Self-signed certificates are generally not recommended for production environments because they will make browsers issue a warning about the certificate not being issued by a recognized CA (Verisign, Thawte, etc.) but given the extreme price CA charge for SSL certificates, there are a couple scenarios when it totally makes sense:

  • For a Limited Access environment: there are a number of known computers that will access the webmail. You just need to install the certificate (and its CA cert) on each computer that will access the https server
  • For a Test environment

Here is a step-by-step guide and how to create your own self-signed certificate (for free) using Windows (I used 2003 but this should work on 2008 as well) and Exchange 2003-2007-2010.

(1) Open an Exchange Management Shell (go to the Start Menu -> Microsoft Exchange). You can also start a standard Powershell 2.0 Console and load the Exchange addin by issuing the PS cmdlets:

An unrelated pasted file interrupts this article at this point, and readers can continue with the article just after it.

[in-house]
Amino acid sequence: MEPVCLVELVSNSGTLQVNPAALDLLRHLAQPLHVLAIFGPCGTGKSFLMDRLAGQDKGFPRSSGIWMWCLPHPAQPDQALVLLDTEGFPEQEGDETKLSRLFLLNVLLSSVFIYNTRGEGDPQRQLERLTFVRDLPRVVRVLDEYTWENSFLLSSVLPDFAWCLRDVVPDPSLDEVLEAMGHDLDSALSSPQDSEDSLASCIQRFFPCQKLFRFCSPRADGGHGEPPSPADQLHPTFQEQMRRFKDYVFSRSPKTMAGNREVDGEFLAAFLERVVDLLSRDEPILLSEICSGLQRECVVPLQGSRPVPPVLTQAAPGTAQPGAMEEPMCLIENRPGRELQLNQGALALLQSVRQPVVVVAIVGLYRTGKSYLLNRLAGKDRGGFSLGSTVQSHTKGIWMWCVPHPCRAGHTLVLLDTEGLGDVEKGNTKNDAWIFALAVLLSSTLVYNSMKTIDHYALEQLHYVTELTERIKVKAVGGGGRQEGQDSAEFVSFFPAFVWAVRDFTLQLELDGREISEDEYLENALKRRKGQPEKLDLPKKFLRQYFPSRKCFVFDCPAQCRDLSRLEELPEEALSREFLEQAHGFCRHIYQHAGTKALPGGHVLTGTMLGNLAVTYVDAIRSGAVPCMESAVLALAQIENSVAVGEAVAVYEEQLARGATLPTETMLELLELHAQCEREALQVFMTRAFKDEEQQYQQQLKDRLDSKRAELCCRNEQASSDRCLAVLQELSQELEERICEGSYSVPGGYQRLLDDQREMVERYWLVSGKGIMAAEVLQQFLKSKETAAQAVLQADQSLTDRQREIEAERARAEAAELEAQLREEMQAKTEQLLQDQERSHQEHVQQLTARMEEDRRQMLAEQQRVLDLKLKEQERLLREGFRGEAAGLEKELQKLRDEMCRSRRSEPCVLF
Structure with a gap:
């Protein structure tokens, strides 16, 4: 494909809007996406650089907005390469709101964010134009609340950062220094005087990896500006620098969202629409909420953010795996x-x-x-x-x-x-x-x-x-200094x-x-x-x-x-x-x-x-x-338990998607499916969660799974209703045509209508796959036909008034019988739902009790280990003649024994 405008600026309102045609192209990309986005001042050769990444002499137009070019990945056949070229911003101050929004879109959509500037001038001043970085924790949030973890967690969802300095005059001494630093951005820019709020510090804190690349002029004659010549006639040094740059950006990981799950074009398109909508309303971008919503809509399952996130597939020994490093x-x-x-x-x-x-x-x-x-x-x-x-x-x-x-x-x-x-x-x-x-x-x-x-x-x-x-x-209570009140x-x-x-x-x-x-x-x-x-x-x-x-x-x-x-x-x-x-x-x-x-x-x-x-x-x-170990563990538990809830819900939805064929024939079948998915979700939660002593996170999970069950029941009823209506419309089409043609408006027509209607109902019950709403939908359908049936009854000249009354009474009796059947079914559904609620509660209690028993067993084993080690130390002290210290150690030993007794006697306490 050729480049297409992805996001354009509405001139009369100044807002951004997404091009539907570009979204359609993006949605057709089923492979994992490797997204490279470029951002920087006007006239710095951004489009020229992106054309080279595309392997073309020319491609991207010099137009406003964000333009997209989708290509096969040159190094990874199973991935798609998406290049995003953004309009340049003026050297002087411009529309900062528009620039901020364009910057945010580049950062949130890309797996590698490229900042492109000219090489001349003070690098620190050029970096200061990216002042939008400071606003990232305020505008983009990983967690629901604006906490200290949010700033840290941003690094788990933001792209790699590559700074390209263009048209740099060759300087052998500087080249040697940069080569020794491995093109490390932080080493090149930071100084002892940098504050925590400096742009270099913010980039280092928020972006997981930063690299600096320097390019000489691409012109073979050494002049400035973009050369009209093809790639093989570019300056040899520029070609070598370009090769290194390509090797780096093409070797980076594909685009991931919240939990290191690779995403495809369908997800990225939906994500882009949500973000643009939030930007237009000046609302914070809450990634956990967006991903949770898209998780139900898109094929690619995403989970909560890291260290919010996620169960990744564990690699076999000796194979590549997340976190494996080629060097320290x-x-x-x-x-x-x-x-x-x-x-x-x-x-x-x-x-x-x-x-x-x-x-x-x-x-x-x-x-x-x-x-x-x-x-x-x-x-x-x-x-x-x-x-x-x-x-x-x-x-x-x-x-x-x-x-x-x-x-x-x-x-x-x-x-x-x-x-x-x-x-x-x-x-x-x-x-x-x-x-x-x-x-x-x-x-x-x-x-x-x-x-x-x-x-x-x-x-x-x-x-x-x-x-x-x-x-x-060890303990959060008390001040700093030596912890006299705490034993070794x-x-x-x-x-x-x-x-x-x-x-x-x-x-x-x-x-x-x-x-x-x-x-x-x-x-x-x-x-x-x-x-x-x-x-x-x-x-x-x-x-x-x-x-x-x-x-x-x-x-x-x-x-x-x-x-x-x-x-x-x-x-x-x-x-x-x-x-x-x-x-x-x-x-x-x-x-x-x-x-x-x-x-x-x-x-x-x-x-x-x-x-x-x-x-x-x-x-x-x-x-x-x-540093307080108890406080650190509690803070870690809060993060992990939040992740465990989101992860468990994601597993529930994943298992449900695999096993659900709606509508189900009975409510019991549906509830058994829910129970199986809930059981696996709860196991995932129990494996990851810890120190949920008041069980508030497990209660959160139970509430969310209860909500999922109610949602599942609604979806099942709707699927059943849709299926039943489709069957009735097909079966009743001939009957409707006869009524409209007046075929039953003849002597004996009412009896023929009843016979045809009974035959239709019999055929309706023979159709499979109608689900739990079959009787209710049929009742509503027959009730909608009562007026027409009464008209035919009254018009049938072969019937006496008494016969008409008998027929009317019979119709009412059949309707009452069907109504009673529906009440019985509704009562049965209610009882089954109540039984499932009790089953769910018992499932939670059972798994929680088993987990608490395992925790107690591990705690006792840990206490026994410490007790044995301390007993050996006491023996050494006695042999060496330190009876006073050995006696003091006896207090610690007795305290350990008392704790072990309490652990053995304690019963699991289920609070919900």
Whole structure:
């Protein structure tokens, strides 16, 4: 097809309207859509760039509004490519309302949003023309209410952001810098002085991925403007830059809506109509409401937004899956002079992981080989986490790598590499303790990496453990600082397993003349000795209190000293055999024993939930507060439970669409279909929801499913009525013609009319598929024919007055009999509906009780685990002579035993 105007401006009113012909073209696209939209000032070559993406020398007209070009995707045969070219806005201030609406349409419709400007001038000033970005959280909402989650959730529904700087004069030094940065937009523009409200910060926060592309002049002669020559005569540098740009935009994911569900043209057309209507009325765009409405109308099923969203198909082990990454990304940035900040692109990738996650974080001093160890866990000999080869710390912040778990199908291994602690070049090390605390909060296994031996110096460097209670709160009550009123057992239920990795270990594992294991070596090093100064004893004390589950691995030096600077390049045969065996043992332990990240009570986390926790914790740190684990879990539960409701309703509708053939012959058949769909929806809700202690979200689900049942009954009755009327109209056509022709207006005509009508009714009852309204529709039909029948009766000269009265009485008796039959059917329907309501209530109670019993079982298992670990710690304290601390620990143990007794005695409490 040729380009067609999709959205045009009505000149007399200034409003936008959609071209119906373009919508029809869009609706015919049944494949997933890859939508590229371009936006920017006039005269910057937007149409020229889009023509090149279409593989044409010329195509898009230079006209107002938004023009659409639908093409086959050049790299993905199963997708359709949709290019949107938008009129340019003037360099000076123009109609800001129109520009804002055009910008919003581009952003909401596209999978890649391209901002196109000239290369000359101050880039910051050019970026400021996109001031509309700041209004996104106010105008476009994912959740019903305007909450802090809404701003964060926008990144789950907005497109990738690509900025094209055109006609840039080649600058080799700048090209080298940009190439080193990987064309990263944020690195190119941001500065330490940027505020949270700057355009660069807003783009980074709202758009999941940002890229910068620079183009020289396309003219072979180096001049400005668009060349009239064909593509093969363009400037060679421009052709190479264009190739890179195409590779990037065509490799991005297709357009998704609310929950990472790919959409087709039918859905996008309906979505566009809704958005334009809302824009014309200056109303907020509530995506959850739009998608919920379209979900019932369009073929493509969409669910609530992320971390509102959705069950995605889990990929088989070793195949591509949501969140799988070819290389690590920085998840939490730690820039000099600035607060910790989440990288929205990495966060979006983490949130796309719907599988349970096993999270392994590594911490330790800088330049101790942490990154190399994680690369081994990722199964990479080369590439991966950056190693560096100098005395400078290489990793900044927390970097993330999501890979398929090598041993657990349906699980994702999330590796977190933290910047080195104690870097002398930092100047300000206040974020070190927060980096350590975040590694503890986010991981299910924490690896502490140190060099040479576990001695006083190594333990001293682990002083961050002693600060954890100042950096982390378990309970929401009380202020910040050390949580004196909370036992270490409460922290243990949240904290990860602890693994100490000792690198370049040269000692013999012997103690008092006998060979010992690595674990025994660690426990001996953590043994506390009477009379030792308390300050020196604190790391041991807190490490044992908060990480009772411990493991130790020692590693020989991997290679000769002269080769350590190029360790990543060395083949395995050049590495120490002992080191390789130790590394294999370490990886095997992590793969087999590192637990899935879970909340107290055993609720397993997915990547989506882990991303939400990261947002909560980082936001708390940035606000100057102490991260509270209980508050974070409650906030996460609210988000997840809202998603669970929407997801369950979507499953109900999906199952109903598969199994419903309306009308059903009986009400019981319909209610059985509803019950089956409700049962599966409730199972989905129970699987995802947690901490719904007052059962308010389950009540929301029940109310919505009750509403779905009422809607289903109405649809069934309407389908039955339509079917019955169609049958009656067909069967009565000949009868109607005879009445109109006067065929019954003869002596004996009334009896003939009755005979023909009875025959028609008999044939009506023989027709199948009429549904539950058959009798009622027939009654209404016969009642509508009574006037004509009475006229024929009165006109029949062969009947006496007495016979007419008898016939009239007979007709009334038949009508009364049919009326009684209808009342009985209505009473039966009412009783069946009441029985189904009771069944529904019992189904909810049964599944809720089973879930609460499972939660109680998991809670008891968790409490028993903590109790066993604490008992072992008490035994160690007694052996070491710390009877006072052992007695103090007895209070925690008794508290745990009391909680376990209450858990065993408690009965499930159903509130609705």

[PS] C:\> add-PSSnapin *exchange*
[PS] C:\> Get-PsSnapIn -Registered
(2) Within the Exchange Management Shell (EMS) List the existing certificates and the services they are enabled for using:
[PS] C:\>Get-ExchangeCertificate
Thumbprint Services Subject

————— ———— ———-

27A2E4F546791A7D079E24FAD2EC4599B8D95152 IP.WS CN=wellsfargo
(3) In EMS, create a new Certificate Request with Alternate Domain Names (for your internal and external hostnames)
[PS] C:\> New-ExchangeCertificate -generaterequest -subjectname “dc=com,dc=mycompany,o=My Company Inc,” -domainname,webmail.mynetwork.local,wellsfargo.mynetwork.local,wellsfargo -PrivateKeyExportable $true -path certrequest_wellsfargo.csr